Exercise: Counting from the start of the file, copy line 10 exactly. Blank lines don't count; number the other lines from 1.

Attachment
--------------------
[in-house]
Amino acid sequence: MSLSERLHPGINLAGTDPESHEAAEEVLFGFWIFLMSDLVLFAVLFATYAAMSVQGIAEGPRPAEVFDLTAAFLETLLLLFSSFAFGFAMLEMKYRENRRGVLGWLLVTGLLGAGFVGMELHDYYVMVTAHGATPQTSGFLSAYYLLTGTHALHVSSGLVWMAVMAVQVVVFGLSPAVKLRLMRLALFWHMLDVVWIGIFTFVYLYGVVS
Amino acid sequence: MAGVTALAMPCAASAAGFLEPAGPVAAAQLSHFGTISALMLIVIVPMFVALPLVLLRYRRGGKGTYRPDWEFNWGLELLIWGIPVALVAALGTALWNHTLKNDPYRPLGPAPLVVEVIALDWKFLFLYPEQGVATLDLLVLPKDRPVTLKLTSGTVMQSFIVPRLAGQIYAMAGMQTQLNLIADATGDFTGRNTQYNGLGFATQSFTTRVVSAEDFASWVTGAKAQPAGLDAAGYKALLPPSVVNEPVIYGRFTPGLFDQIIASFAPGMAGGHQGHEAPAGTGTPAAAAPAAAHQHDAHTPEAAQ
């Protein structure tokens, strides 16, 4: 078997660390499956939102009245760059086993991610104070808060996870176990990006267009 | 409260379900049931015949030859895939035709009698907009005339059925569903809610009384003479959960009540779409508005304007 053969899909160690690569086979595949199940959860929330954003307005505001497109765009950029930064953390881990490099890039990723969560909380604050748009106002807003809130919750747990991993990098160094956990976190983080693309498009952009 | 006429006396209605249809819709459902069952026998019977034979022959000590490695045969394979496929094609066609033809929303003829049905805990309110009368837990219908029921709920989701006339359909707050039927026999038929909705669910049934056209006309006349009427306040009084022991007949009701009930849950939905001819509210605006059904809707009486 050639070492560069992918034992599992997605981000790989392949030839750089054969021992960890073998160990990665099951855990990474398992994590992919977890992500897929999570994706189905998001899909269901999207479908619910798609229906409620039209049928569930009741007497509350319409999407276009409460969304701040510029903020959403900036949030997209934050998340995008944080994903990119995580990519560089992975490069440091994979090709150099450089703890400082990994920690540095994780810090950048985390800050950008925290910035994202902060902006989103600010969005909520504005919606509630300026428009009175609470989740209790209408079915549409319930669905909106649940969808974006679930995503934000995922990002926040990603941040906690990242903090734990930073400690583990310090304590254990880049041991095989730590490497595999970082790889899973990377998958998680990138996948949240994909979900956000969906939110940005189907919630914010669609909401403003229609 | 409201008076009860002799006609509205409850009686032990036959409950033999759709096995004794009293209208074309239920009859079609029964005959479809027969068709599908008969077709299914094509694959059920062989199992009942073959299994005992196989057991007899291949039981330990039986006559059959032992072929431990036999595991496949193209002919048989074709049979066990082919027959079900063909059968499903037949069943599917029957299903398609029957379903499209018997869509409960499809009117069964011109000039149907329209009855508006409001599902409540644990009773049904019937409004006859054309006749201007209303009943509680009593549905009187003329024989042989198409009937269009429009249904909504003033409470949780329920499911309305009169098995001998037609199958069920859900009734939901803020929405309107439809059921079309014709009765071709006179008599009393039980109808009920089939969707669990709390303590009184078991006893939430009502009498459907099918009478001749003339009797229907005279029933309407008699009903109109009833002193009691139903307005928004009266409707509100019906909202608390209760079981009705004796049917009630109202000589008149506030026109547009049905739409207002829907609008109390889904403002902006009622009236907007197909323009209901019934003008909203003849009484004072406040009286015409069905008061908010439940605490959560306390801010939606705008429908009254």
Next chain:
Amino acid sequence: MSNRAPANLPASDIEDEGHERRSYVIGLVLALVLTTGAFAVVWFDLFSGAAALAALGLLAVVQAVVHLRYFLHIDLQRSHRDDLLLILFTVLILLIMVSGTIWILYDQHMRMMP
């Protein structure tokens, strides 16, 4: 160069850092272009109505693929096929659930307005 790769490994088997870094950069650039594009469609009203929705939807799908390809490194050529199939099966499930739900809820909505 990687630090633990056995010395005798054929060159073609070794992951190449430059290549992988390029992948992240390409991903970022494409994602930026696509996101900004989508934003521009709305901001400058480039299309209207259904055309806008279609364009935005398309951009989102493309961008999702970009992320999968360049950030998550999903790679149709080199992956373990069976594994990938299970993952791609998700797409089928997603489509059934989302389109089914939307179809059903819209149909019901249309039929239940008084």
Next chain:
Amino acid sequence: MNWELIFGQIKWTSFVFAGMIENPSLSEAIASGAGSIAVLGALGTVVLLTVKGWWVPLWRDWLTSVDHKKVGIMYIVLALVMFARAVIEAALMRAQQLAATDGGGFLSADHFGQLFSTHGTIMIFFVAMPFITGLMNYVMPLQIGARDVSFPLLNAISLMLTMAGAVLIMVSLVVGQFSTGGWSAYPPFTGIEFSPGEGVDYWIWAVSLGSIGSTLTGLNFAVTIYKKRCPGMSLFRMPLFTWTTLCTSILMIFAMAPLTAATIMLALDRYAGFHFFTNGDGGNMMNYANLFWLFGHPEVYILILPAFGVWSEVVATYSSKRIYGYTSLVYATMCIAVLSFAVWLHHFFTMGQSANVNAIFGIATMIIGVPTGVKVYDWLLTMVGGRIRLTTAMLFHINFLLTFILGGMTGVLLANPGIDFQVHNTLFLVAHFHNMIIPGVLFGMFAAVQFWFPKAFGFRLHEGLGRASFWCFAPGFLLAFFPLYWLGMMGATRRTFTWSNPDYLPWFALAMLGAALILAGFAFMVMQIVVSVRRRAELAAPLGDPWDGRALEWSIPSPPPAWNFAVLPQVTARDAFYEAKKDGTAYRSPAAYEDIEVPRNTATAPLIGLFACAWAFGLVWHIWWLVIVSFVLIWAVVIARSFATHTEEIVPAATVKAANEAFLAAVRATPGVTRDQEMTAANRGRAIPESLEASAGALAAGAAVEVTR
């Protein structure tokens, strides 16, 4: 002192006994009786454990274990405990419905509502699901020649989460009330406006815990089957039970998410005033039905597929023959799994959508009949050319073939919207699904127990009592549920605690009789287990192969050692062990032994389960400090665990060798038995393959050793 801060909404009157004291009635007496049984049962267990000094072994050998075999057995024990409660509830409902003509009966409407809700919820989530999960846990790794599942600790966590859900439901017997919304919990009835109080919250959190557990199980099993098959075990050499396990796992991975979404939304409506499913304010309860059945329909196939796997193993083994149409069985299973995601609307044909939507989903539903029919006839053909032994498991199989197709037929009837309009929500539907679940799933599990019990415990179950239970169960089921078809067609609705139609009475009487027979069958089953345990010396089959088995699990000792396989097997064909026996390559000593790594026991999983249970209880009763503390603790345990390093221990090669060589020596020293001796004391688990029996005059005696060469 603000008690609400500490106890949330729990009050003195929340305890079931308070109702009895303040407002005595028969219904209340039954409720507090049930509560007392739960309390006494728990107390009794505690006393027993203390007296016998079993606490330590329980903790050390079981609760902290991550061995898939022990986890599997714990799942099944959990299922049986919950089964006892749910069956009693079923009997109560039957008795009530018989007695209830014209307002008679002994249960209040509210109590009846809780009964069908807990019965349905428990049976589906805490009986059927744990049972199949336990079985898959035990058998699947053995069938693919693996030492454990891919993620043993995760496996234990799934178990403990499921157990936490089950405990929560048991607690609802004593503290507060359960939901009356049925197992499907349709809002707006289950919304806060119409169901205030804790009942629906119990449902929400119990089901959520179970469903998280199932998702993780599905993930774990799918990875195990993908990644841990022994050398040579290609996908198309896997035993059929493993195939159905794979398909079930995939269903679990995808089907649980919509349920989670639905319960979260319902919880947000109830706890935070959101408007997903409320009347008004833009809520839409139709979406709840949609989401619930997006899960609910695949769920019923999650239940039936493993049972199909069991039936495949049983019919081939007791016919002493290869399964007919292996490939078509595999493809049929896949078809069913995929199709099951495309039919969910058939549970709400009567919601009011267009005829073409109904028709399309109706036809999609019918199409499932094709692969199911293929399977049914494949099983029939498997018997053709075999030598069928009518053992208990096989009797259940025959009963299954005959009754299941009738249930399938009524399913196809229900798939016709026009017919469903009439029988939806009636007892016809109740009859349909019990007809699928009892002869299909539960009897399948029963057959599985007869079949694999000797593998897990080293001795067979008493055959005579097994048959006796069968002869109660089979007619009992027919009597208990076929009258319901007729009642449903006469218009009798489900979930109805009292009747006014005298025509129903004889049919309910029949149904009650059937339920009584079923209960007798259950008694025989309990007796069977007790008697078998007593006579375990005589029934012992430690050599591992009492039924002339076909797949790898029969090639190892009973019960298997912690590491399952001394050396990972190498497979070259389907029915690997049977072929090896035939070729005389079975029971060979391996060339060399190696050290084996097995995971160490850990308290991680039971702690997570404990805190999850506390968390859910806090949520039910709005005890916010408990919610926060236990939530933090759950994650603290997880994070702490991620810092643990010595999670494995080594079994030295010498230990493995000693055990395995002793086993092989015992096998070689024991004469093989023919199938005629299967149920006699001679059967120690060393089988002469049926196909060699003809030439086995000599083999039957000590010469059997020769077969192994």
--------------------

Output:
């Protein structure tokens, strides 16, 4: 002192006994009786454990274990405990419905509502699901020649989460009330406006815990089957039970998410005033039905597929023959799994959508009949050319073939919207699904127990009592549920605690009789287990192969050692062990032994389960400090665990060798038995393959050793 801060909404009157004291009635007496049984049962267990000094072994050998075999057995024990409660509830409902003509009966409407809700919820989530999960846990790794599942600790966590859900439901017997919304919990009835109080919250959190557990199980099993098959075990050499396990796992991975979404939304409506499913304010309860059945329909196939796997193993083994149409069985299973995601609307044909939507989903539903029919006839053909032994498991199989197709037929009837309009929500539907679940799933599990019990415990179950239970169960089921078809067609609705139609009475009487027979069958089953345990010396089959088995699990000792396989097997064909026996390559000593790594026991999983249970209880009763503390603790345990390093221990090669060589020596020293001796004391688990029996005059005696060469 603000008690609400500490106890949330729990009050003195929340305890079931308070109702009895303040407002005595028969219904209340039954409720507090049930509560007392739960309390006494728990107390009794505690006393027993203390007296016998079993606490330590329980903790050390079981609760902290991550061995898939022990986890599997714990799942099944959990299922049986919950089964006892749910069956009693079923009997109560039957008795009530018989007695209830014209307002008679002994249960209040509210109590009846809780009964069908807990019965349905428990049976589906805490009986059927744990049972199949336990079985898959035990058998699947053995069938693919693996030492454990891919993620043993995760496996234990799934178990403990499921157990936490089950405990929560048991607690609802004593503290507060359960939901009356049925197992499907349709809002707006289950919304806060119409169901205030804790009942629906119990449902929400119990089901959520179970469903998280199932998702993780599905993930774990799918990875195990993908990644841990022994050398040579290609996908198309896997035993059929493993195939159905794979398909079930995939269903679990995808089907649980919509349920989670639905319960979260319902919880947000109830706890935070959101408007997903409320009347008004833009809520839409139709979406709840949609989401619930997006899960609910695949769920019923999650239940039936493993049972199909069991039936495949049983019919081939007791016919002493290869399964007919292996490939078509595999493809049929896949078809069913995929199709099951495309039919969910058939549970709400009567919601009011267009005829073409109904028709399309109706036809999609019918199409499932094709692969199911293929399977049914494949099983029939498997018997053709075999030598069928009518053992208990096989009797259940025959009963299954005959009754299941009738249930399938009524399913196809229900798939016709026009017919469903009439029988939806009636007892016809109740009859349909019990007809699928009892002869299909539960009897399948029963057959599985007869079949694999000797593998897990080293001795067979008493055959005579097994048959006796069968002869109660089979007619009992027919009597208990076929009258319901007729009642449903006469218009009798489900979930109805009292009747006014005298025509129903004889049919309910029949149904009650059937339920009584079923209960007798259950008694025989309990007796069977007790008697078998007593006579375990005589029934012992430690050599591992009492039924002339076909797949790898029969090639190892009973019960298997912690590491399952001394050396990972190498497979070259389907029915690997049977072929090896035939070729005389079975029971060979391996060339060399190696050290084996097995995971160490850990308290991680039971702690997570404990805190999850506390968390859910806090949520039910709005005890916010408990919610926060236990939530933090759950994650603290997880994070702490991620810092643990010595999670494995080594079994030295010498230990493995000693055990395995002793086993092989015992096998070689024991004469093989023919199938005629299967149920006699001679059967120690060393089988002469049926196909060699003809030439086995000599083999039957000590010469059997020769077969192994």